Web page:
Bubacco, born on Murano in 1957, began playing with glass as a boy, making small animals, beads, and the usual lamp-worker's tablet.
At fifteen he received his artisan's license and began marketing flame-worked Venetian memorabilia.
His fascination with anatomy, equine and human, lured him to push bit by bit beyond the perceived technical limits of his craft. His large free standing sculpture, worked hot and annealed during the process, is unique in lampworking made from flexible Murano soda glass canes, not less-breakable Pyrex.
His pieces challenge our notion of lampworking as a primarily decorative and whimsical, stressing as they do form and plasticity, rather than detailed elaboration and/or narrative content presented as a mini-installation. Bubacco's recent explorations with two dimensional inclusions in blown, solid off-hand and cast glass, burst forth into three dimensional glory, or are highlighted by cold working through and around the images, as he persists in his quest to create a living force in glass.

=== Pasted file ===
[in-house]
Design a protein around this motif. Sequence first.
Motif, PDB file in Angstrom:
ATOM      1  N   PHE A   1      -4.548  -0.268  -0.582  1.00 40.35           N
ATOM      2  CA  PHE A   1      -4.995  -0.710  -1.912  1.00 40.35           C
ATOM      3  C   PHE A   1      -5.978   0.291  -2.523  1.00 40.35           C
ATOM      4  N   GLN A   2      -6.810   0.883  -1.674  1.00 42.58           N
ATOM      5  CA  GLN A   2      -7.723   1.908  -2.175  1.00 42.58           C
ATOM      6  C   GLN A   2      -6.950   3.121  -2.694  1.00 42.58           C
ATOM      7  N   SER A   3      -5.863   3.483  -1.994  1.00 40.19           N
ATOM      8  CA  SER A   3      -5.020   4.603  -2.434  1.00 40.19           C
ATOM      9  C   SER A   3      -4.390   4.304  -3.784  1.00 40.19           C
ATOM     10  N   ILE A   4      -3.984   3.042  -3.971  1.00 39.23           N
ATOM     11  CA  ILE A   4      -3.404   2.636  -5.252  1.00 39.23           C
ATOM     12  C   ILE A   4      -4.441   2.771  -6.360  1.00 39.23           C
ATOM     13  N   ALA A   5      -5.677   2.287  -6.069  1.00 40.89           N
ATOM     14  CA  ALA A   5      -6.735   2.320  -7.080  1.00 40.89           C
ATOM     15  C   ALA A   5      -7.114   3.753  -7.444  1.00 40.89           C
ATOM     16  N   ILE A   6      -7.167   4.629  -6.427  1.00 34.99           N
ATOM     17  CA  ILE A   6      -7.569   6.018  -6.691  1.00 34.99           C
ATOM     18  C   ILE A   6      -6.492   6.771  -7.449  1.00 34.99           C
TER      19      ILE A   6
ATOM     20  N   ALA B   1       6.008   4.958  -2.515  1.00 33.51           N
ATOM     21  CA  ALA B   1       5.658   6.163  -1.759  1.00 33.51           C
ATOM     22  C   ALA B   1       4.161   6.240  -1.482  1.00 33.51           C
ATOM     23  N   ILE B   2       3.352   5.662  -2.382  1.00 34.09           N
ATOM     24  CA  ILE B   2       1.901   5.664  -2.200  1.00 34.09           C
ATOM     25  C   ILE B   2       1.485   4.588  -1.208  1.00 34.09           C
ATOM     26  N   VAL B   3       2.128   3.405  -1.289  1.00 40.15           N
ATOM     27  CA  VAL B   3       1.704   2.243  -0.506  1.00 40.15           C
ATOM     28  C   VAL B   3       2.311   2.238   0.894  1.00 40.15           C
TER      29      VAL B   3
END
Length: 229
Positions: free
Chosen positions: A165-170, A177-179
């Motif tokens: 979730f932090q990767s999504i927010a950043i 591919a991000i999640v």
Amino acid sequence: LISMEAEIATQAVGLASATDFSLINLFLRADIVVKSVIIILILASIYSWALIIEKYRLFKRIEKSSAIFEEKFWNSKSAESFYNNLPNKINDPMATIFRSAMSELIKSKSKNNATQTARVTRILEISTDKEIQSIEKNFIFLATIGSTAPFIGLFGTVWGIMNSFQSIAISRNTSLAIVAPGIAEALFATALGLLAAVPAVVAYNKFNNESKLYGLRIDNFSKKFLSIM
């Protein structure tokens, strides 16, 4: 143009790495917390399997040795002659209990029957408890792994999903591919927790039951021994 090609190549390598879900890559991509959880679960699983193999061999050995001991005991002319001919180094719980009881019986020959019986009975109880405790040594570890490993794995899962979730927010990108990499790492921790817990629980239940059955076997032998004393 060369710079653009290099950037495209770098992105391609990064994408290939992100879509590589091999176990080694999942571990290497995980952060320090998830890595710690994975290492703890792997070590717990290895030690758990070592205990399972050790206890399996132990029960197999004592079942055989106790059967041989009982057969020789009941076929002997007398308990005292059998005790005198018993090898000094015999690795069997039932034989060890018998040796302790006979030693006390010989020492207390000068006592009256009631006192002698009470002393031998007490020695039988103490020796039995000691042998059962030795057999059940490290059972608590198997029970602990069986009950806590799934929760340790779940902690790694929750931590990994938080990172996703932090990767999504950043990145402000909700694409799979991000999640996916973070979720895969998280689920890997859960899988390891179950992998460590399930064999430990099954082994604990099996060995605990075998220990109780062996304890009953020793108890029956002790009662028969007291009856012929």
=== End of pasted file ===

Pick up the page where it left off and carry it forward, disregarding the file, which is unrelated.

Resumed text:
In 1980 he began studying anatomical drawing with the Venetian artist Alessandro Rossi. His style takes on a new dimension: the movement of the figure becomes the central theme of his work.
His masterpieces are crafted in Murano glass, also called "soft glass" because of its high soda content, which is famous for its characteristic brightness and ideal for the lavorazione a lume process.
His technical experience and knowledge of glass colour compatibility allow him to create unique works: figures entirely hand-formed and incorporated in blown-vases or in casting.
For these works he availed himself of the collaboration of glass masters of the highest level, such as: Romano Donà and Stefano Toso .
His works transcend traditional uses and conceptions of the "lume" technique. They collocate motive tensions and plasticity in a context of narrative surrealism, to create highly original pieces derived from his personal sensibility.
Lucio Bubacco's sensuous works combine the anatomic perfection of Greek sculpture with the Byzantine gothic architecture of his native Venice. Seductive themes, metamorphosis and transformation, forms emerging from the void, echo themes from our mythological past when sexuality was spiritual, not political.